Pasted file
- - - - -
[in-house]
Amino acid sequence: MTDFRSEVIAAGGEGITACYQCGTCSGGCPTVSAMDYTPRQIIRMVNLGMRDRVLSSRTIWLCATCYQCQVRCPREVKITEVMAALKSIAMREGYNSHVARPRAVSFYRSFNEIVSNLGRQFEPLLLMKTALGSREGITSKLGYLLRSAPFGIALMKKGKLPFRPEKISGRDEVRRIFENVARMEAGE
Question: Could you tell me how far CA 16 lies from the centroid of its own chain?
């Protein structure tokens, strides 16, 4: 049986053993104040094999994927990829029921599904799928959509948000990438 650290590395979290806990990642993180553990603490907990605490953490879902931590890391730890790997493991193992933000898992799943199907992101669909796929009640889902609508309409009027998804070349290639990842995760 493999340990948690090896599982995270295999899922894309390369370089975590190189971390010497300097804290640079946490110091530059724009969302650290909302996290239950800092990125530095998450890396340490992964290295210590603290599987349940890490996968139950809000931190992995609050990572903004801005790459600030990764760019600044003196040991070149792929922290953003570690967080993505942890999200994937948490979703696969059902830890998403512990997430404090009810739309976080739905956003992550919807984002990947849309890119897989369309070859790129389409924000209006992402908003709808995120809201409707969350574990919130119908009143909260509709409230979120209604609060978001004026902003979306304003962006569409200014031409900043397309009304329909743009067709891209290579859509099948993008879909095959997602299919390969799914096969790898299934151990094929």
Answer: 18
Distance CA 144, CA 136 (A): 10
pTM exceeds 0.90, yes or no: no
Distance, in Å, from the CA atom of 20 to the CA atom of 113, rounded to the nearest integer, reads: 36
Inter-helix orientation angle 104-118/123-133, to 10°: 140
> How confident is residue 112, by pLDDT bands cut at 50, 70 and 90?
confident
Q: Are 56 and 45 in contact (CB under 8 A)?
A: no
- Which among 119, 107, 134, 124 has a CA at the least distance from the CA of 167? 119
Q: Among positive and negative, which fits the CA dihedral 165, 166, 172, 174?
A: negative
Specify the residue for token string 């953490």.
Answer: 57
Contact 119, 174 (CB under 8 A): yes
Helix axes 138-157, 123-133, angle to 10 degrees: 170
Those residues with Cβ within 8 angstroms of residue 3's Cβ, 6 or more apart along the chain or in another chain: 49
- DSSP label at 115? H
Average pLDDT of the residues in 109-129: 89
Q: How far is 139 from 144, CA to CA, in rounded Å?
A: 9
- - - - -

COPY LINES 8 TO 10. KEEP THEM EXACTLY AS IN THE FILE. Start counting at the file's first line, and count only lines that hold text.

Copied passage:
Distance, in Å, from the CA atom of 20 to the CA atom of 113, rounded to the nearest integer, reads: 36
Inter-helix orientation angle 104-118/123-133, to 10°: 140
> How confident is residue 112, by pLDDT bands cut at 50, 70 and 90?